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New Games Promise More Activity and Possible Family Appeal


When the Nintendo Wii hit the marketplace a couple of years ago, many were watching to see how the new console’s unusual controllers and relatively simplistic games would be accepted. We now know the answer: The enthusiastic response resulted in over 50 million Wii’s finding their way into homes worldwide as of March 31, 2009. (Microsoft’s Xbox 360 and Sony’s Playstation 3 lag far behind with 30.2 and 22.73 million units respectively.)


The Wii’s worldwide embrace is significant because it clearly demonstrates there is a huge segment of the world’s population that would like video games a whole lot more if they didn’t have to commit a week just to learn how to play a game and if they can get off the sofa and move around. (Parents, like me, really like that last part.)


The other interesting aspect is the Wii is far inferior to its competitors from a technology point of view. It’s “CPU” (the chip that does the hard lifting to create the virtual gaming worlds) runs at roughly only one-quarter the speed of the other two systems. Yet most Nintendo games are family oriented, offer fun and colorful environments, and encourage play by multiple participants.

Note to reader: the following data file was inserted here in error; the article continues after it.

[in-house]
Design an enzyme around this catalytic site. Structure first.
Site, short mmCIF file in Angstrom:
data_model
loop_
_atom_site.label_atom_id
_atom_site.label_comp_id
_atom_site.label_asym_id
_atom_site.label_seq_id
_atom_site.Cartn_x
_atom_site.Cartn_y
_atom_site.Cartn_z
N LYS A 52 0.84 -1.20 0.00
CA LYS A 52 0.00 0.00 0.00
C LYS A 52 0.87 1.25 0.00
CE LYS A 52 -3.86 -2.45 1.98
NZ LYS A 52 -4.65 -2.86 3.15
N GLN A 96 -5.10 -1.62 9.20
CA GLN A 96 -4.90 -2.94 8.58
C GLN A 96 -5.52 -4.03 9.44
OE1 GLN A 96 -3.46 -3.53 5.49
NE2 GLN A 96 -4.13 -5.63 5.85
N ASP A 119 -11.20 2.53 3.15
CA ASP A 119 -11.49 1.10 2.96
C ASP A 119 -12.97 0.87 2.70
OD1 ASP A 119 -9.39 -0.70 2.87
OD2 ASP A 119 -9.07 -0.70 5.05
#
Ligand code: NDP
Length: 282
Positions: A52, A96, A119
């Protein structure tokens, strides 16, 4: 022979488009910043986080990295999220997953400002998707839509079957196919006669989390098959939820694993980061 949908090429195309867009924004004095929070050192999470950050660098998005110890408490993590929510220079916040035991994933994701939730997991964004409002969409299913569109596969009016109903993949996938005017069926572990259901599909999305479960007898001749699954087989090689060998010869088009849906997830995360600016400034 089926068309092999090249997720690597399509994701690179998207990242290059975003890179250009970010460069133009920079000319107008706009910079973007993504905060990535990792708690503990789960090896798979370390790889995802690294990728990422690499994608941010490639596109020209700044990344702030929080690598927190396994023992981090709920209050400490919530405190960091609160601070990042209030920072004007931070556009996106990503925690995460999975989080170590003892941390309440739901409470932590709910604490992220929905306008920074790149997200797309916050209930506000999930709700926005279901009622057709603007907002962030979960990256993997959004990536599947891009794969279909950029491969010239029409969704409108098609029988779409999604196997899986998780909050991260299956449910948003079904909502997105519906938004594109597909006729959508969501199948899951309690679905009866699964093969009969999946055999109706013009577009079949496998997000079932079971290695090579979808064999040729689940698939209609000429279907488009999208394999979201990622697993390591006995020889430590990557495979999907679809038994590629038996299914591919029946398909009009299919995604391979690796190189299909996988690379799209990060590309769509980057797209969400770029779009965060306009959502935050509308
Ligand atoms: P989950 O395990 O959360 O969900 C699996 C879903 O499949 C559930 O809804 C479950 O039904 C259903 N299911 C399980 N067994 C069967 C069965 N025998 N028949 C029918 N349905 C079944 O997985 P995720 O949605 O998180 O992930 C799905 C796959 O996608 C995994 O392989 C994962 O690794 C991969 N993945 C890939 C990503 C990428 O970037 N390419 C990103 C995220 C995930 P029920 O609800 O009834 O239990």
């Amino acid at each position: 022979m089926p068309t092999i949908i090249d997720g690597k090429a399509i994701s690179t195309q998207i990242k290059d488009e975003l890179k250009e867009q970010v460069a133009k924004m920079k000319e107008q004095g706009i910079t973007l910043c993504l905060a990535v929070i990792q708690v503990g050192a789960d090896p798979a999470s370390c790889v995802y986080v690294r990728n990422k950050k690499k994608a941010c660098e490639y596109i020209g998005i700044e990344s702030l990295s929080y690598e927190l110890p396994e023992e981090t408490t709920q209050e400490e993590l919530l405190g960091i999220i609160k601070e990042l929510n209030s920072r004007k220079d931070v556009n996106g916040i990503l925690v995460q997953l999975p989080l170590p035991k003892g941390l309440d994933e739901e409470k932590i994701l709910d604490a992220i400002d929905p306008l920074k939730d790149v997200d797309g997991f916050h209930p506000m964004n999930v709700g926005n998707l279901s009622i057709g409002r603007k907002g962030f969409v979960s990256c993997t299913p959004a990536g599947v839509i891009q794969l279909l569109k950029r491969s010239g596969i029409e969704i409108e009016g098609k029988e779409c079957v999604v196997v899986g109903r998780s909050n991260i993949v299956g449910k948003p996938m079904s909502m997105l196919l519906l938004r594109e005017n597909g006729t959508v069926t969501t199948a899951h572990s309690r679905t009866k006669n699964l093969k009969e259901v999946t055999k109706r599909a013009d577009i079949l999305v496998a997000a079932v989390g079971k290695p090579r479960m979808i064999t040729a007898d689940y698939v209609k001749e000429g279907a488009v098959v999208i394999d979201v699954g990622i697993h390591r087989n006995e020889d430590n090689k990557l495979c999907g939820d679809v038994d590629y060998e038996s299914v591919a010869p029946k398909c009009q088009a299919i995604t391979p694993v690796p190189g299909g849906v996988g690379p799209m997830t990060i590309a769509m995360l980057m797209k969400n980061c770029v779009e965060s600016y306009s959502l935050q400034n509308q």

While the Wii’s success went beyond what I was expecting, I’m not all that surprised to discover many of us would play these games if they were entertaining, easy to learn and weren’t all about shooting someone’s brains out.


With Nintendo raking in wads of cash (prior to the Wii, it was the company that was struggling to stay in the video game race) it’s also not surprising the other two gaming giants have taken notice. Thankfully, because of Nintendo’s lead, the outcome may mean even more games that will turn the family room into a very fun virtual play place.


At this year’s Electronic Entertainment Expo (or E3) – a convention where the gaming industry pulls out its best toys – Microsoft revealed that they have been watching the trend toward full-body gaming very closely. The result, if it works as well as the demonstration videos depict, is nothing short of science fiction coming true.


Named Project Natal, the company has developed an imaging system that looks similar to a webcam and sits above or below your television screen (similar to the Wii’s sensor bar). Using this device, your current Xbox 360 creates an amazing virtual world that allows you to interact with what you see on the screen by simply moving your body.


The demonstrations truly look too good to be true, and we really won’t know for sure if what we see will work just as well in our own homes. A family sits on a sofa watching a racing game. Their daughter is driving simply by holding her hands on an imaginary steering wheel. She hits the pits and her dad jumps up and uses an air wrench (bit of a pun there – just like an “air guitar”) to tighten the bolts on the newly mounted tires – which he also had to “lift” into place.